As soon as the soviets withdrew from Afghanistan in 1989, the US president George H. W. Bush brought the pressler Amendment in limelight and declined to issue the certificate in 1990. He suspended $700 million that were to be given to Pakistan annually during 1988-1994 as pledged by the US. Besides, he put embargo on the sell of F-16 fighter jets to Pakistan for which Islamabad had already paid money. 10 These sanctions, under Pressler Amendment, created economic pains for Pakistan and again deteriorated US-Pakistan relations. To further aggravate the issue, the US left Afghan’s mess without installing democratic government by resolving the issues of different warlords. This attitude of Washington left Islamabad in a lurch because it needed to secure its Afghan’s border by installing friendly government. Pakistan knew that if pro-Soviet or Indian government is formed in Afghanistan, it would face the Soviet’s wrath for cooperating with the US in the form of cross border attacks. Pakistan, alone, indulged into the Afghan’s conundrum, but this led to the development of anti-American feelings among leaders and citizens of Pakistan. Thus, US-Pakistan relations remained abysmal afterwards till 2001 when American again required Pakistan’s assistance to wage its “War on Terror” in Afghanistan.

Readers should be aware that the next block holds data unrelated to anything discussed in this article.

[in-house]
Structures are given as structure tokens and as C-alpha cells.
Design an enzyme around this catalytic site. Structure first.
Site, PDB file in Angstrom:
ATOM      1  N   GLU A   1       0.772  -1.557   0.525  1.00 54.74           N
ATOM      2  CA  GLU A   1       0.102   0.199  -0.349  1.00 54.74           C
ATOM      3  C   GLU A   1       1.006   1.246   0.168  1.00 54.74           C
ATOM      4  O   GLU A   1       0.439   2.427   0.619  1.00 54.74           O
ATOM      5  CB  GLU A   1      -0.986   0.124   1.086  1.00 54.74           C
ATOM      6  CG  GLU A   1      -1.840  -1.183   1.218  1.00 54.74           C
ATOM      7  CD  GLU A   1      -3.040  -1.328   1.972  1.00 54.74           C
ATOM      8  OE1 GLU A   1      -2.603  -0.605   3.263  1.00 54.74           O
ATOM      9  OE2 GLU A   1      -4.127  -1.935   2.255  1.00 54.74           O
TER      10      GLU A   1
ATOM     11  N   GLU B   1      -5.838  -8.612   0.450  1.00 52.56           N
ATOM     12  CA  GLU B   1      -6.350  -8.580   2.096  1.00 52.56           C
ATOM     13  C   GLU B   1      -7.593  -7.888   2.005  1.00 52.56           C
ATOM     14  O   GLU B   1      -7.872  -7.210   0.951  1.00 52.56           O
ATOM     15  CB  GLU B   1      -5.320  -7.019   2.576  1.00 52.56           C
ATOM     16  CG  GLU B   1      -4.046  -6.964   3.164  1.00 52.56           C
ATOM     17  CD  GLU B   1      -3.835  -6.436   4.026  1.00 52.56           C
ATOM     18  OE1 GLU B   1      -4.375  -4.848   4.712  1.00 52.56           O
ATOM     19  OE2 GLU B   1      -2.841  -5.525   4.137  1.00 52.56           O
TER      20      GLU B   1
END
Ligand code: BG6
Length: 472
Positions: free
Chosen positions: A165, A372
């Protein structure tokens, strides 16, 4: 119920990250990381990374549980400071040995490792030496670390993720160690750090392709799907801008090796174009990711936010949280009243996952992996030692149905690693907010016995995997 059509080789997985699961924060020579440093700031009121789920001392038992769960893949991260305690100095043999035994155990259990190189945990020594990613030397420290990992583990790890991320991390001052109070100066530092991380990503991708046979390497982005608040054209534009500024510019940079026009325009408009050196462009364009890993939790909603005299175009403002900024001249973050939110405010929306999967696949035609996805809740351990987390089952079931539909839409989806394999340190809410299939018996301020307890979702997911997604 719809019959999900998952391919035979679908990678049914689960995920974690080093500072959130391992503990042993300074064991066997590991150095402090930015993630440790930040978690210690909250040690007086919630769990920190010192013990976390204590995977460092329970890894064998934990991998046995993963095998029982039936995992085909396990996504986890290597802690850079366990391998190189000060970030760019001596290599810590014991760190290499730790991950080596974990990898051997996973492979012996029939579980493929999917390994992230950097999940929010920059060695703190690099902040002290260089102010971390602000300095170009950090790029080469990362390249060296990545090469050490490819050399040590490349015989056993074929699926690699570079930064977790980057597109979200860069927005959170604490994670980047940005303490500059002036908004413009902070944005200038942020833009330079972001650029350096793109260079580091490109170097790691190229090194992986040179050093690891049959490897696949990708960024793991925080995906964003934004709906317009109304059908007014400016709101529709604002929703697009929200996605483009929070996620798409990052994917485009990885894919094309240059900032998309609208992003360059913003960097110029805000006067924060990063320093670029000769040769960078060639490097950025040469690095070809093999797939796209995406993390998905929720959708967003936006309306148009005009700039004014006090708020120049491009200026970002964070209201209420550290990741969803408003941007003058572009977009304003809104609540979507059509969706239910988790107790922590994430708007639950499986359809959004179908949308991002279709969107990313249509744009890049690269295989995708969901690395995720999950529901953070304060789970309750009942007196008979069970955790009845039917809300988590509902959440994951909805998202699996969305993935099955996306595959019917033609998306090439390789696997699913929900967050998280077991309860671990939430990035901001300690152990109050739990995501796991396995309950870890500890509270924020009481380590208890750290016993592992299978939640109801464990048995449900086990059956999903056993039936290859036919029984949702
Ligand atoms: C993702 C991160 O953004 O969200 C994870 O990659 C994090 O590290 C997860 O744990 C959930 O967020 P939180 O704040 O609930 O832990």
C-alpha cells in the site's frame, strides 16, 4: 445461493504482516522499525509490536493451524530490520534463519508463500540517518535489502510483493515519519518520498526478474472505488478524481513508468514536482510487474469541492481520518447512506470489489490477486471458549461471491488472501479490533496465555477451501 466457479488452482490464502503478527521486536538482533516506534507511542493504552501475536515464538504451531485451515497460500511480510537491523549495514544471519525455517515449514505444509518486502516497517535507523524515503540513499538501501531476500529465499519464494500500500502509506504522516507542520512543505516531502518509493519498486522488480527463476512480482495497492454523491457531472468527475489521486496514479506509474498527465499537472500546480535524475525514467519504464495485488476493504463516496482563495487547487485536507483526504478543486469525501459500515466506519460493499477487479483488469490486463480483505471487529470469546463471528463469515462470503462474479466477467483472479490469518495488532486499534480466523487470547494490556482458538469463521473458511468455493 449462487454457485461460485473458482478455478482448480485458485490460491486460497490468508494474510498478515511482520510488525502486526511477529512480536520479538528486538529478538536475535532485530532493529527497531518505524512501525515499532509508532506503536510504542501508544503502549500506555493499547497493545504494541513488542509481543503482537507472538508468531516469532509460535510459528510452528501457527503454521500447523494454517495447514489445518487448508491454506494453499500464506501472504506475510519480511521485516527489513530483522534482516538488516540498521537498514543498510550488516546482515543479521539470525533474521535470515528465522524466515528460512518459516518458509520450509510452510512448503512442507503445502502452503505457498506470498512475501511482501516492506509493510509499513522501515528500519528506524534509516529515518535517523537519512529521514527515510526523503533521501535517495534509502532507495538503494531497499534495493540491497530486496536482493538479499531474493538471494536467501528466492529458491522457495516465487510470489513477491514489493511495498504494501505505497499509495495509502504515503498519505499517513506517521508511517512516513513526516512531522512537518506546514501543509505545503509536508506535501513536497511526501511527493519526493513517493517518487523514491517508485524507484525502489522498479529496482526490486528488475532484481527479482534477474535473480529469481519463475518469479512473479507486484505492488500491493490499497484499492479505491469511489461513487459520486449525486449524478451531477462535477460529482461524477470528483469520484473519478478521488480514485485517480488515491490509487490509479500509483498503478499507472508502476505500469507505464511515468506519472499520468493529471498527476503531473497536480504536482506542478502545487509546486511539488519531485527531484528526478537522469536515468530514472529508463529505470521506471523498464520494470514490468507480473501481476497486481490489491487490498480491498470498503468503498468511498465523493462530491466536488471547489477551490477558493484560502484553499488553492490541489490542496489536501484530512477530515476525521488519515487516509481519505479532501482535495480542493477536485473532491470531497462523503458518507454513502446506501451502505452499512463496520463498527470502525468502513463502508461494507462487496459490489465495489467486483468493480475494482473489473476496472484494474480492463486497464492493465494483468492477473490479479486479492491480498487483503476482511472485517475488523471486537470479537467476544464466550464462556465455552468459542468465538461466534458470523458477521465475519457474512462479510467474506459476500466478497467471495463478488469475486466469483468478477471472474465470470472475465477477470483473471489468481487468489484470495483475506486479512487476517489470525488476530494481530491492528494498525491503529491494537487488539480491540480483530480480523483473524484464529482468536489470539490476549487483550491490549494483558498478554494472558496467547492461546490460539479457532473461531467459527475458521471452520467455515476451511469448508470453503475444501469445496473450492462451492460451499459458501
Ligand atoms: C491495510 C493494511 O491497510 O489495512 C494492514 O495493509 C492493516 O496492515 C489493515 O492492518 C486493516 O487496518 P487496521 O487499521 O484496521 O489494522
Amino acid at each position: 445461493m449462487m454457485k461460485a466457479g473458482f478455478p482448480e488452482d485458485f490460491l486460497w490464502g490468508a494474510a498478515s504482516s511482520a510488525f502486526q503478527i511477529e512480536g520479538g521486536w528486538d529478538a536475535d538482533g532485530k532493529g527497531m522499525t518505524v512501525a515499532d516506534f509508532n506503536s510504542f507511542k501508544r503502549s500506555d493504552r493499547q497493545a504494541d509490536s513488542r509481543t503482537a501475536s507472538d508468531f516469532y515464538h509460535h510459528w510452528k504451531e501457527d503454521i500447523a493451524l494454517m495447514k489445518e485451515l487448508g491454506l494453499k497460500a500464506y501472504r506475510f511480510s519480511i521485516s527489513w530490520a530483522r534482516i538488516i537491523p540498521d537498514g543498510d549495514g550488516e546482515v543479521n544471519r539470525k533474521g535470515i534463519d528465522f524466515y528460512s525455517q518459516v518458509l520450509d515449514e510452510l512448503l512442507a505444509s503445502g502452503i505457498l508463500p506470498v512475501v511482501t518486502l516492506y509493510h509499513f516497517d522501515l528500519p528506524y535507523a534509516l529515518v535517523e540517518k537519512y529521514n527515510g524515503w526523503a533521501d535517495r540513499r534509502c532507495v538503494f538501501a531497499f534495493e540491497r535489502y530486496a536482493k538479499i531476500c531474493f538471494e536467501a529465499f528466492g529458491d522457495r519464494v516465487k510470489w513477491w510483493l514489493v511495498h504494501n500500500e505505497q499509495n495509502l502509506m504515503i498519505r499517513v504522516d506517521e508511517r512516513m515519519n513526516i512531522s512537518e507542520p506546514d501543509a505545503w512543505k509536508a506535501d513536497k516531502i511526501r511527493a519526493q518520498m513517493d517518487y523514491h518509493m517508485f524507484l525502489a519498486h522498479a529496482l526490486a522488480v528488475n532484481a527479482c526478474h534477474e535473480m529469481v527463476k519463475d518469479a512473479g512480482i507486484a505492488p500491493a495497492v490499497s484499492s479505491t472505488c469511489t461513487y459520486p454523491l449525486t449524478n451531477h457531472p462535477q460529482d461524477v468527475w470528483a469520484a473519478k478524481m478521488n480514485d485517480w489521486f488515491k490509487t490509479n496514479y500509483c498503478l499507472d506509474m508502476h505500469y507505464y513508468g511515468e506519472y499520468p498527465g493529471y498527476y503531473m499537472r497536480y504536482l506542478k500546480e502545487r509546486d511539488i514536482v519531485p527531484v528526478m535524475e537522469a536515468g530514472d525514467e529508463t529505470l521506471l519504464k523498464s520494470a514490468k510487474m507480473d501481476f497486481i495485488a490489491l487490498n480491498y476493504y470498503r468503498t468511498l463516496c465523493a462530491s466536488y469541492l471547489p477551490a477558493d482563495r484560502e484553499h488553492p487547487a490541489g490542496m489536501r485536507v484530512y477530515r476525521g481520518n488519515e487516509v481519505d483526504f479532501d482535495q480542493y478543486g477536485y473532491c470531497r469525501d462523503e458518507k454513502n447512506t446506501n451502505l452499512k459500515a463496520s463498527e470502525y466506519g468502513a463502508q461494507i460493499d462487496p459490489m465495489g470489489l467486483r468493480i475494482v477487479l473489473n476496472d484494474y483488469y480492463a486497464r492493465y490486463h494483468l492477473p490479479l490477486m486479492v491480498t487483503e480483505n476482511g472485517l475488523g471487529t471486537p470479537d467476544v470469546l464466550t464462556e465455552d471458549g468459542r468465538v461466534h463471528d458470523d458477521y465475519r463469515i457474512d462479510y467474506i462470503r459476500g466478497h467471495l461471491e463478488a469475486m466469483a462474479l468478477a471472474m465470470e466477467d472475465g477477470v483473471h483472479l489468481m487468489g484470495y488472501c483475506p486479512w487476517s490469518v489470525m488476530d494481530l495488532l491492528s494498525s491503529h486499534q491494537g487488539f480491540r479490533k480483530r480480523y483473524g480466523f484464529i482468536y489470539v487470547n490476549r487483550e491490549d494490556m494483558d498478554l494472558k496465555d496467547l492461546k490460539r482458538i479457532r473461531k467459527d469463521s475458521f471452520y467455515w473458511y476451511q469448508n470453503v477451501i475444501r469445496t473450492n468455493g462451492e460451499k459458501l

List of References:
- Leonard Specter, Nuclear Proliferation Today (New York: Vintage Books, 1984), 80.
- “Bush Waives Nuclear-Related Sanctions on India, Pakistan”, Arms Control Association, https://www.armscontrol.org/act/2001_10/sanctionsoct01.
- Larry Pressler, Neighbors in Arms: An American Senator’s Quest for Disarmament in a Nuclear Subcontinent (India: Penguin/Viking, 2017), 120.
- Gates, from the shadows, p.144.
- Ibid. p.146.
- Steve Coll, Ghost wars, p.63-67
- Howard Hart, CIA’s chief of station in Pakistan, estimated the figures, which he cabled to Langley in 1983.
- Steve Coll, Ghost wars, p.89.
- Barnett R. Rubin, the search for peace in Afghanistan: From buffer state to failed state, 63-5.
- Abdul Sattar, Pakistan’s foreign policy 1947-2016, p.250.